So it has been awhile since I've written anything. And I think feeling the need to explain why and apologize has kept me from returning sooner. I think I will save all of that for another day. Suffice it to say that I returned to work and the world only sort of fell apart - the last 8 months have been filled with a sick baby, a favorite relative battling cancer, a work stoppage, a crazy insanse condensed season, a sick baby, a sick baby, a sick baby, lots of stress and fighting, a sick baby, oh, and a sick baby. But Ryder just turned one and is currently not sick (I don't even know what to do with myself), Mike and I are still planning to get married (because we still love each other even after seeing the worst in each other during all the stress), I still love my job (most of the time) and life goes on.
Along those same lines, I am slowly re-gaining some sense of normalcy to my life and routine. Not breastfeeding any longer (I lasted 9 months and then my body rudely said it was done so that was that; also probably another blog) not working 70 hours weeks, and actually getting more than 3 hours of sleep at a time has given me somewhat of a predictable schedule, an increase in my energy level, and a small amount of free time. It's fantastic! I've started cooking again, catching up on reading (although I do feel like I'll never actually be caught up thanks to an ever-growing to-read list) and working out.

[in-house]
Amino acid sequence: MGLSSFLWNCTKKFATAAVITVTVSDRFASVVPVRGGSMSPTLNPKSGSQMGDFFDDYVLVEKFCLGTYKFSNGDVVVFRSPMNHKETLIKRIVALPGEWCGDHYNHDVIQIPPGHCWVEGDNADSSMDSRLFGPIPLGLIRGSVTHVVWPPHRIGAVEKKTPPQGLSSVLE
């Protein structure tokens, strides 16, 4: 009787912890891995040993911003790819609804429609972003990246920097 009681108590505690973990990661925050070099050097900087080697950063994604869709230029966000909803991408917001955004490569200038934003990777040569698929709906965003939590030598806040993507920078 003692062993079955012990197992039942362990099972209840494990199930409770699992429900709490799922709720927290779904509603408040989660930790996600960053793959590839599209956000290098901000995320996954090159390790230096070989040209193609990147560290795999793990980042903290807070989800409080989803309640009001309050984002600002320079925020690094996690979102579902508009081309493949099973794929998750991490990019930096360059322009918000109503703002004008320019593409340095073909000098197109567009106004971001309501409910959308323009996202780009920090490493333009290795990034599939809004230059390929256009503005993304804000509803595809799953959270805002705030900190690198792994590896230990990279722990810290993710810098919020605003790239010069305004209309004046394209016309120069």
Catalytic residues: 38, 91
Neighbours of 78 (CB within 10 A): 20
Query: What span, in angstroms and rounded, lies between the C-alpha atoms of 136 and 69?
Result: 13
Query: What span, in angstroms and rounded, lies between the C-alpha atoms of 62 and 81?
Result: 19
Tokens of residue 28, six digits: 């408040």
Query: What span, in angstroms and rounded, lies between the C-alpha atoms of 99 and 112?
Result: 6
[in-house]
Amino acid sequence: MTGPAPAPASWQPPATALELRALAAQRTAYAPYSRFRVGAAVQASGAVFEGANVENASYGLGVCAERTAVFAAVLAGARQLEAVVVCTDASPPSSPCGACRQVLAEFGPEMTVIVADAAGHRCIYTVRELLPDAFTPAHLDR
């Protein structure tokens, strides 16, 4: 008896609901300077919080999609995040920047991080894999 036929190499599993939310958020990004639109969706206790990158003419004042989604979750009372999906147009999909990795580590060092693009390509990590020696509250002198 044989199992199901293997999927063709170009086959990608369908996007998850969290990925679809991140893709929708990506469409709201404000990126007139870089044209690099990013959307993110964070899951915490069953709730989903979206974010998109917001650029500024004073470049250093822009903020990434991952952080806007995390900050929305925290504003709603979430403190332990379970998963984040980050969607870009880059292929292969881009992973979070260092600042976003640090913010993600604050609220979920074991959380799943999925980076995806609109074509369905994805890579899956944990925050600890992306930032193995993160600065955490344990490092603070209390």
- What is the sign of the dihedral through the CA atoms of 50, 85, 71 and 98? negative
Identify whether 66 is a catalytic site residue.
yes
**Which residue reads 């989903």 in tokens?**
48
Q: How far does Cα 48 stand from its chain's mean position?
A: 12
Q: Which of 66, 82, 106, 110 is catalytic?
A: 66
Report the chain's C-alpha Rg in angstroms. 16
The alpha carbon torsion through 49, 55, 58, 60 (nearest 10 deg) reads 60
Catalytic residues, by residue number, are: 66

I've never been a fan of working out. I always played sports and loved it and at various stages in my life have had gym memberships that I've used sporadically. I've even tried exotic fitness classes and have a new appreciation for the athleticism of really good strippers - not the ones who just strut around and hump the ground but the ones who can really work the pole. During my divorce I started working out with a trainer religiously and got in really great shape - then I met Mike who loved me unconditionally and actually told me he preferred me curvy. My job also shifted at that point and working out fell off the prioroity list. Then a few years later I realized I was not happy with myself or my lifestyle and I wanted to get healthy in the event that Mike and I ever decided to get married (wanted to look good in pictures) and/or had kids (wanted to be a good role model and a MILF- hey, just being honest). I had also set a goal to run a 5k a long time ago and decided it was finally time to work towards that. So I got into a great routine of going to bootcamp 3 mornings a week at 7am, running 3 or 4 times a week, and taking yoga classes 2 times a week. I got into really great shape and got knocked up. We're pretty sure that I was able to get pregnant because I was in such great shape. But then I was so terrified to lose the baby (if you've read any of my earlier posts than you already know this) that I quit doing anything active.